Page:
Plans call for a completely renovated, world-class Hyatt Hotel, a new City Hall and Civil District Court, a multi-purpose National Jazz Center, open-air performance and art space and the potential for new office, residential and retail development in a part of downtown that has lagged in recent decades. Promoters of the project say the jazz center will be an iconic building designed by acclaimed architect Thomas Mayne. It will become the home of the New Orleans Jazz Orchestra and will include performance space, studios, classrooms, a library and offices. The plans were created with an advisory board of local and international experts in architecture and planning, the arts, economics and hospitality. Local members of the advisory board include Irvin Mayfield, artistic director of the New Orleans Jazz Orchestra; Wynton Marsalis, artistic director of Jazz at Lincoln Center; architect Ray Manning, who designed Woldenberg Park; Tulane emeritus economics professor William Oakland; and real estate consultant Wade Ragas.
The project calls for offices in City Hall and the old state office building on Loyola Avenue to move into renovated office space across Poydras Street -- either in Dominion Tower or the Amoco Building. City Hall, the state building and the old state Supreme Court building would then be demolished and their footprints would become part of the green space in the open-air jazz park.
One of the most striking features of the plan is an elevated pedestrian bridge over Poydras Street, connecting the proposed green space where City Hall now stands with the National Jazz Center. Traffic on Poydras Street would pass beneath the bridge, and the ground-level area could accommodate new retail or office space. Meanwhile, sculptures and accommodations for other forms of visual and performing arts would dot the green space and the elevated pedestrian bridge.
Mayor Nagin and Gov. Kathleen Blanco heaped praise on the proposal. The mayor called it "breathtaking." We agree -- and we call on the mayor, the governor, City Council members, lawmakers and the local business community to make it happen. This is precisely the kind of forward-looking vision that New Orleans needs right now.
What's most impressive about the proposal is that much of its price tag will be borne by private interests. The first $3 million in planning was paid for by Strategic Hotels & Resorts, which owns the Hyatt Regency in New Orleans. The hotel owners reportedly will get $50 million in insurance proceeds as a result of damage from Hurricane Katrina, but that money will be just part of Strategic's ante. Ultimately, Strategic is prepared to put up close to $300 million of the $715 million price tag. The company plans to acquire the New Orleans Shopping Centre, which never lived up to its billing as a regional retail mecca, as well as one or more adjacent office buildings -- Dominion Tower and/or the Amoco Building. As impressive as the project itself is, the fact that a world-class hotel and resort owner is willing to invest that much money in New Orleans at this time speaks volumes about our city's prospects for recovery. Every New Orleanian should feel uplifted by Strategic's bold expression of confidence in the Crescent City.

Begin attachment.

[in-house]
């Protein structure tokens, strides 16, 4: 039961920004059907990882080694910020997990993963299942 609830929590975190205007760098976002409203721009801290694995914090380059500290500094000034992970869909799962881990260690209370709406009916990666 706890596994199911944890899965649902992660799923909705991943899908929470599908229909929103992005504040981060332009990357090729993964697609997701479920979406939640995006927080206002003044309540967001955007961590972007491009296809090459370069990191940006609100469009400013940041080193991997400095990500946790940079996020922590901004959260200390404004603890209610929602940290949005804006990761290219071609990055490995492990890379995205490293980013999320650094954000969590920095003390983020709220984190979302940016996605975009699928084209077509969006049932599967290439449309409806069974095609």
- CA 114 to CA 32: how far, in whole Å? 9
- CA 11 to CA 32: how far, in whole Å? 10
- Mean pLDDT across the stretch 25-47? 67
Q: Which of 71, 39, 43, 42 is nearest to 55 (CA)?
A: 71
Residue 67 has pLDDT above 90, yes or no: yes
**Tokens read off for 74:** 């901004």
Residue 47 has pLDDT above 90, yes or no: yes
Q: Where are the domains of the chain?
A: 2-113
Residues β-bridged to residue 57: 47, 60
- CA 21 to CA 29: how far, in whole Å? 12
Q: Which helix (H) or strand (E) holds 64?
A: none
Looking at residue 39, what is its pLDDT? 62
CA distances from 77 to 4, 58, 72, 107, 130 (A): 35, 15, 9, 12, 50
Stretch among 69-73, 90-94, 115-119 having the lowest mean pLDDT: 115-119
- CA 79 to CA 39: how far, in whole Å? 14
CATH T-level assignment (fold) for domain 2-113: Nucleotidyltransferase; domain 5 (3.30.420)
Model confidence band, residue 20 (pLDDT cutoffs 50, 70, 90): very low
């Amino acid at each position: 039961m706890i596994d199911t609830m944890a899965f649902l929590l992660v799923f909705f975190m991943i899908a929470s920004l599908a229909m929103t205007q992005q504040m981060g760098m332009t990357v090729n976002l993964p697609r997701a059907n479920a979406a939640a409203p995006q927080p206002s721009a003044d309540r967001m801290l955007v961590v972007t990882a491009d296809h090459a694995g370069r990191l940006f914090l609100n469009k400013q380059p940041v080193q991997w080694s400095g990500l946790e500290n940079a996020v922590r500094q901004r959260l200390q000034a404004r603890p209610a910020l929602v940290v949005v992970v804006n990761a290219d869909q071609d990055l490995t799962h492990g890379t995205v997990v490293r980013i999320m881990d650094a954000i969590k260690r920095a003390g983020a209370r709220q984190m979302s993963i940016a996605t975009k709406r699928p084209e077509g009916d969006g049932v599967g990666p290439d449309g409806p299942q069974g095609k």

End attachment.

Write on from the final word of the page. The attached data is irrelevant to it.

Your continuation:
Developers have identified between $415 million and $425 million in available or readily available public and private capital, including Strategic's investment, tax breaks, land swaps with the city and the state, and federal grants. The remaining $300 million or so will have to be raised from other private investors or in concert with the city, the state and the federal government. Mayor Nagin, brimming with confidence at his inauguration two days after plans for the park were unveiled, predicted that money would not be a problem because there is worldwide interest in New Orleans right now. Without wishing to throw cold water on anyone's enthusiasm for the project, we would respectfully note that the only time money is not a problem is when it's in hand. Until then, it's always a problem. That said, we share the mayor's excitement for the project.
Now comes the hard part: making it all happen. In the wake of Hurricane Katrina and a tough re-election campaign, the mayor has promised to ramp up his staff and work more closely with other public officials. This is his chance to deliver on those promises. Strategic and other investors have carried the ball so far, but it will take an all-out effort by city and state officials to make the project a reality. Specifically, a public-private partnership must be formed to take ownership of the project, and Mayor Nagin should personally lead that effort. If it comes to fruition, the National Jazz Center could become Nagin's legacy -- and the anchor of New Orleans' post-Katrina recovery.